Cotyledon tomentosa subsp. ladismithiensis is a rare succulent from the Little Karoo. The perennial shrublet grows in a limited area south of Ladismith and a few locations near Laingsburg. The other, more well-known subspecies, C. tomentosa subsp. tomentosa, commonly the bear paw, is popular in succulent gardening, both in South Africa and internationally. The two subspecies can be distinguished by comparing the leaves, the size of the plant and the orientation of the flower.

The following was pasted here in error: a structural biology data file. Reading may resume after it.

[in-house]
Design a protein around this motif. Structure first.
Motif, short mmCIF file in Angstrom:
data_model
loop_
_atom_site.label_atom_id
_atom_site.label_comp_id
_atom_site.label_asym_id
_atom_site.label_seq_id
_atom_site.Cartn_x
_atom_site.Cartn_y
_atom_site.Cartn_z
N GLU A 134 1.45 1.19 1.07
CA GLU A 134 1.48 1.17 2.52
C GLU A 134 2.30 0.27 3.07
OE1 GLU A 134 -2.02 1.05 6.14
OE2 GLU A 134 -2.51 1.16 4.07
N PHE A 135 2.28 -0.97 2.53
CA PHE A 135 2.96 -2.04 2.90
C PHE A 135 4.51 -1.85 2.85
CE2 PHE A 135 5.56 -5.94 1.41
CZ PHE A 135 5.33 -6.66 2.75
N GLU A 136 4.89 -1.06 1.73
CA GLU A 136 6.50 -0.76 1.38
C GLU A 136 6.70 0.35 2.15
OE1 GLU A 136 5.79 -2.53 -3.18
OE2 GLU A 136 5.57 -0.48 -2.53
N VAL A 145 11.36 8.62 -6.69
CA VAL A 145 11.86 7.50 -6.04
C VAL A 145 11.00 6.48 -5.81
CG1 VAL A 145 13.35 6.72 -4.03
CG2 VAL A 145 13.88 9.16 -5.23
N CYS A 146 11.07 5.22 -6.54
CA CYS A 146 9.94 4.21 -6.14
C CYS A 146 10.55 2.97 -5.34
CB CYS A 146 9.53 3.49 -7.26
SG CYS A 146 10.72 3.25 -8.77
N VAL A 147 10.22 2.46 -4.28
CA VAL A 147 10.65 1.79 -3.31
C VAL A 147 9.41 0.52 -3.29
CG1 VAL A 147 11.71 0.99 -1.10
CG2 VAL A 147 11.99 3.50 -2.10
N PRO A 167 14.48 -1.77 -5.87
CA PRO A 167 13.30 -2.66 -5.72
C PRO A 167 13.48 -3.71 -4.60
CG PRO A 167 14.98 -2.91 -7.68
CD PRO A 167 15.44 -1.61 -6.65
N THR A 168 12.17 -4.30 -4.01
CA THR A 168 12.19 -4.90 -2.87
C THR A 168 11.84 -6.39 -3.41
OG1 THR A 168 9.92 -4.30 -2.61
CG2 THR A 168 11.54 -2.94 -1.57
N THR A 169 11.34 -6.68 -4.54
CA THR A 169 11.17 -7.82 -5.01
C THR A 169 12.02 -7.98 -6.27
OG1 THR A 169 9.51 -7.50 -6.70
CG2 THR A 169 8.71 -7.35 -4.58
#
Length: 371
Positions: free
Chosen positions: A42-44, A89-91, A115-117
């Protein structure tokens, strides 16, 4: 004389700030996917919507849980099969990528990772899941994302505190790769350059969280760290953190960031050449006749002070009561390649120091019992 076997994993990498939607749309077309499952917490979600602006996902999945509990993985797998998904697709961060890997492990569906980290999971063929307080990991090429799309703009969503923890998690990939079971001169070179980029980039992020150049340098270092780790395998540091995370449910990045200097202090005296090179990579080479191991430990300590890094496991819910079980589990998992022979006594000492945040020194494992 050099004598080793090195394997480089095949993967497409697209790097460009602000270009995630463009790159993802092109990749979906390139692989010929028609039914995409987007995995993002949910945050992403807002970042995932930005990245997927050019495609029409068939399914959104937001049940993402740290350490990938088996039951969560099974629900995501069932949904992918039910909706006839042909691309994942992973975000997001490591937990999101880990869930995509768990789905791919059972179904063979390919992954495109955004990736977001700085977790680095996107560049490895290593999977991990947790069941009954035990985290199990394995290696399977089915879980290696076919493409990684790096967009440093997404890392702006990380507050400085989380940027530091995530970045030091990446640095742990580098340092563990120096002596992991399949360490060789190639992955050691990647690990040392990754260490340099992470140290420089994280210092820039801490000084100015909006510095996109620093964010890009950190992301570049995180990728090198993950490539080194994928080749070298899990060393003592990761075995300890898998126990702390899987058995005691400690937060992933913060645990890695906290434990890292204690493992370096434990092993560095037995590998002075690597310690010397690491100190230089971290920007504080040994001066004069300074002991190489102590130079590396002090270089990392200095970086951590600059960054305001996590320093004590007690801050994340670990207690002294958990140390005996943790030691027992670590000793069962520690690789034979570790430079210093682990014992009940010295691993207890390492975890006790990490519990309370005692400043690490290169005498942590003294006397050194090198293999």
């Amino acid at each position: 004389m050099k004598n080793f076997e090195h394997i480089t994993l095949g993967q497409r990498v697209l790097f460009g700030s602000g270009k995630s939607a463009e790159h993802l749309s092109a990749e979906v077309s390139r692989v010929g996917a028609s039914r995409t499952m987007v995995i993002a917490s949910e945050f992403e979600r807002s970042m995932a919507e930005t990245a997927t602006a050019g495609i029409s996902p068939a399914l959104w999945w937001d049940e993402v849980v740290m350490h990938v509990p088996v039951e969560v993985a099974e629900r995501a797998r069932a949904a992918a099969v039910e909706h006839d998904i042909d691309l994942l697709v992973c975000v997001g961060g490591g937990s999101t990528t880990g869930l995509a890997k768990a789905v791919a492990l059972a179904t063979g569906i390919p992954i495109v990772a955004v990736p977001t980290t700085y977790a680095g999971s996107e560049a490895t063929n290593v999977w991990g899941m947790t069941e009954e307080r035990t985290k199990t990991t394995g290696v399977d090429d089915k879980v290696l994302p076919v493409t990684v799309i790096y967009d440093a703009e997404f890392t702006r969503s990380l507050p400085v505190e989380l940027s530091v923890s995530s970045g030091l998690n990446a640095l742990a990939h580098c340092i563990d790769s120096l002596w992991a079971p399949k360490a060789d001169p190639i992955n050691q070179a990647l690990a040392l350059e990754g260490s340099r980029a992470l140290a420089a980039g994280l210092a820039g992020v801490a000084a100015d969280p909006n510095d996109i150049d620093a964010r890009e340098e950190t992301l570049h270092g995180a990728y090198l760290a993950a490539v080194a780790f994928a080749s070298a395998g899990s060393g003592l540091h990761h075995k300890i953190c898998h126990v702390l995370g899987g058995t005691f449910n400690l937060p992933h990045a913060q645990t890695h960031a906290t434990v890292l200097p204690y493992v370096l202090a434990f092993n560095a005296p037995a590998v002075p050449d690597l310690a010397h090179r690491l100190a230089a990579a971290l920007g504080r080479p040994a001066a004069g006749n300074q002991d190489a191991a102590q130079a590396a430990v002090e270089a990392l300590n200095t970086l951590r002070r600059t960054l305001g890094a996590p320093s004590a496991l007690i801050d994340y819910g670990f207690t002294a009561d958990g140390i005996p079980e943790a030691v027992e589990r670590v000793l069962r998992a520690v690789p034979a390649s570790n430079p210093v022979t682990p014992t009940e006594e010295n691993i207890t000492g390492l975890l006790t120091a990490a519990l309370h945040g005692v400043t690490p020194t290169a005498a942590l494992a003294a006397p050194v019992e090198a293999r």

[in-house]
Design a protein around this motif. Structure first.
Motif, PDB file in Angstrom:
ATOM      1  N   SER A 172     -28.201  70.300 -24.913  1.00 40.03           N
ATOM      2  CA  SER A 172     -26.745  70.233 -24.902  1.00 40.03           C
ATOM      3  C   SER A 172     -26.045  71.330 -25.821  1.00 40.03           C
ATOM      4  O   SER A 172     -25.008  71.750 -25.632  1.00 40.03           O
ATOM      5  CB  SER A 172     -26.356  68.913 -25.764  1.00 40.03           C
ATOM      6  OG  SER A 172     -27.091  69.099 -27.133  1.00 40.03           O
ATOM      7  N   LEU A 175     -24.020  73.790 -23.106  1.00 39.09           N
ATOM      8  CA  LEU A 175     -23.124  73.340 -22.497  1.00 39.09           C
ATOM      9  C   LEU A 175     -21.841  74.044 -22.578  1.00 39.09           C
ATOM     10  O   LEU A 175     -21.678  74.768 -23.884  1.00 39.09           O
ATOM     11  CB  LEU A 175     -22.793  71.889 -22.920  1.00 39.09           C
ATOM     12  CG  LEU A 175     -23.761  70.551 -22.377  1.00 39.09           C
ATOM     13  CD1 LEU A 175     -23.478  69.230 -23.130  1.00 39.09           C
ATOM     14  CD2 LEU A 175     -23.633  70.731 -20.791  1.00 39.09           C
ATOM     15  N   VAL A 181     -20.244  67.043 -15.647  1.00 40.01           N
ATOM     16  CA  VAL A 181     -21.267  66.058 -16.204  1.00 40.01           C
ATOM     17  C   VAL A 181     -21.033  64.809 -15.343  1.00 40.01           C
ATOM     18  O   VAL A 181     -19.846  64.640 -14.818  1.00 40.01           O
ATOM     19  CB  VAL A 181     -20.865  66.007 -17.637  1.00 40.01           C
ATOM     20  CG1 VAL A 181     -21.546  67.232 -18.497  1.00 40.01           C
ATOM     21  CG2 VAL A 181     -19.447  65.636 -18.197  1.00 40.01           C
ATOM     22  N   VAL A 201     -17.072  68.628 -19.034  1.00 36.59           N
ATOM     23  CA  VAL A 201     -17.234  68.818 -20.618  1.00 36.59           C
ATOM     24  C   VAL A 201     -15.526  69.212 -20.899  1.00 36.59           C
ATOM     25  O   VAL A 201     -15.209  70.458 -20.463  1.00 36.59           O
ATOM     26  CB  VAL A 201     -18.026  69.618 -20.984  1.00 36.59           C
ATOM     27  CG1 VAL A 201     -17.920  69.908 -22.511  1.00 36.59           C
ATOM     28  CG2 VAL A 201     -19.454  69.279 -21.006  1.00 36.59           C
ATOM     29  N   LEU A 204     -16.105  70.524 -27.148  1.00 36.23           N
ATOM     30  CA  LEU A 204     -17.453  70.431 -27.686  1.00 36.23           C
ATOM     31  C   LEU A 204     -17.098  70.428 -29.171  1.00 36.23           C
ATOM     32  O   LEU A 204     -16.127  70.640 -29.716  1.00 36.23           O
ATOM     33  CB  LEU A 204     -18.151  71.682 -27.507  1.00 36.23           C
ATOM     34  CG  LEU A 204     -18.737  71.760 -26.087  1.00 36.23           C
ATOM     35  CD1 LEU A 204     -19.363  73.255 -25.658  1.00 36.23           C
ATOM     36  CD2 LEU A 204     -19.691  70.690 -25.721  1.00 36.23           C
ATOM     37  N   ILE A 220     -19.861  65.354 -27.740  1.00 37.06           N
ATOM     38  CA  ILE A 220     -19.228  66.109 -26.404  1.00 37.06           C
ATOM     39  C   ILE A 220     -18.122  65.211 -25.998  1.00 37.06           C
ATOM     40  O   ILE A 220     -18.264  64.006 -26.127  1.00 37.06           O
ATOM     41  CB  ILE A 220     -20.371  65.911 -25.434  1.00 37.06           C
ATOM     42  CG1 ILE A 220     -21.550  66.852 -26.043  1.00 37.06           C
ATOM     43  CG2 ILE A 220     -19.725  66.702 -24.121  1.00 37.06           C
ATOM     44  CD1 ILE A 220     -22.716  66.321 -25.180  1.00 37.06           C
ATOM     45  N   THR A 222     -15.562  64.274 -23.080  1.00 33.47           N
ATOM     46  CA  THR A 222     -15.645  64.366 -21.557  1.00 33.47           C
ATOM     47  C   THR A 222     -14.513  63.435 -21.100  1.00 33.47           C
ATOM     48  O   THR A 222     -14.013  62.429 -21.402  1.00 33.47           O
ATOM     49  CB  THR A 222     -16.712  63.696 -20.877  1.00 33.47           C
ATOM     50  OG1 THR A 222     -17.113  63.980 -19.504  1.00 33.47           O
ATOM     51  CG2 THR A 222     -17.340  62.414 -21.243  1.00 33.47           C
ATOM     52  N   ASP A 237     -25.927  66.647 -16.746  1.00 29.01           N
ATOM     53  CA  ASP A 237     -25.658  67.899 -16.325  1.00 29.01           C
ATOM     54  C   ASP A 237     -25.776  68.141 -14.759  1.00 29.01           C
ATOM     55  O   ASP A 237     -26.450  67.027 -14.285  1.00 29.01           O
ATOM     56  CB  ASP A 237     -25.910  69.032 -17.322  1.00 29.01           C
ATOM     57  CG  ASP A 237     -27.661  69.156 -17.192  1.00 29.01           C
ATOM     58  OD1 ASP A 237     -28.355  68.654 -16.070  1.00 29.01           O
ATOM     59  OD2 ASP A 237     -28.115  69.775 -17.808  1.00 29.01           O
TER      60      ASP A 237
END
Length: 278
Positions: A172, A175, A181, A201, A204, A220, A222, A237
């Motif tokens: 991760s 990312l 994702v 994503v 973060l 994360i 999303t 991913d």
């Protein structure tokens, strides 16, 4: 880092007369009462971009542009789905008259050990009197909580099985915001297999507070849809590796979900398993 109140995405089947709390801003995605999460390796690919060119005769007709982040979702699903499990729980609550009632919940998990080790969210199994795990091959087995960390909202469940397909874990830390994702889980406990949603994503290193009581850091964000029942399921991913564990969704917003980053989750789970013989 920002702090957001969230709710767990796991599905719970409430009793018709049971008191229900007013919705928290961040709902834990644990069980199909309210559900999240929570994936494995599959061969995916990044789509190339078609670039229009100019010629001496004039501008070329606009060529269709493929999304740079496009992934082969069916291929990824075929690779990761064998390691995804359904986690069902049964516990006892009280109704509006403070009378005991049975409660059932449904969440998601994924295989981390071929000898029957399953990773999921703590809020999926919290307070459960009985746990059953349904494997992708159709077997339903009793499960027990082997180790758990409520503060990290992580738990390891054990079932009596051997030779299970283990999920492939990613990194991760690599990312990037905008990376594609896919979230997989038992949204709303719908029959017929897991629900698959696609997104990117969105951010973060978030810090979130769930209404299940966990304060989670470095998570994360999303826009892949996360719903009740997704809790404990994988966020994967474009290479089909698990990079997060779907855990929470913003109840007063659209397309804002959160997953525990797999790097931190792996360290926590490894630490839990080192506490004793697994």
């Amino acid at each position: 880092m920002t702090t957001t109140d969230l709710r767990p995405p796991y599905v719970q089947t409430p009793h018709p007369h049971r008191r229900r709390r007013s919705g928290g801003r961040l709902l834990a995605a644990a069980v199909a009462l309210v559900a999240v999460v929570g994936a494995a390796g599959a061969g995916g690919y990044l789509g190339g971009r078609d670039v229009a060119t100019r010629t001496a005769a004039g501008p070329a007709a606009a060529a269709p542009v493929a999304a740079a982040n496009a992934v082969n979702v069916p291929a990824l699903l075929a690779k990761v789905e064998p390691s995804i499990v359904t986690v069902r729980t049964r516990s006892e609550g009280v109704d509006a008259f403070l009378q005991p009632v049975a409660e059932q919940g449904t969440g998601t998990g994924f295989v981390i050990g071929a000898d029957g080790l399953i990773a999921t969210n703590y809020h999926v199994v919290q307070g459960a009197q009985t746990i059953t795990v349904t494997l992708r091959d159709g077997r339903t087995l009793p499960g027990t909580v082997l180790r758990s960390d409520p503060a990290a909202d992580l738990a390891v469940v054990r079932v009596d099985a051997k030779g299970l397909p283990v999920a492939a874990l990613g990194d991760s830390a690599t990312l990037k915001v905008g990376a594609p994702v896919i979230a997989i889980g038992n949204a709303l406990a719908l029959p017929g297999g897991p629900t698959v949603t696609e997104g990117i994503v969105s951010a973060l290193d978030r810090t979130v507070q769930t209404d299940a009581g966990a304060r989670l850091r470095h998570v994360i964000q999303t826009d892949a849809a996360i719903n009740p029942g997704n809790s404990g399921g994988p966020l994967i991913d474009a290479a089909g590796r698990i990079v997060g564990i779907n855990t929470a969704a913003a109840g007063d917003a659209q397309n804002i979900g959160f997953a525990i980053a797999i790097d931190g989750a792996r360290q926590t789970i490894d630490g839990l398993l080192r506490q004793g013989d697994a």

The plant shown here, C. tomentosa subsp. ladismithiensis, branches strongly and may reach 1 m in height (including the inflorescence). The leaves are oblong-elliptic or almost cylindrical (with only one sharp tip or rarely up to three apical teeth), yellow-green and tomentose. These tips are sometimes reddish. The term tomentose means plant hairs that are bent and matted, forming a woolly coating.
The pendulous red flowers resemble those of Cotyledon orbiculata (Vlok and Schutte-Vlok, 2010; http://crassulaceae.net).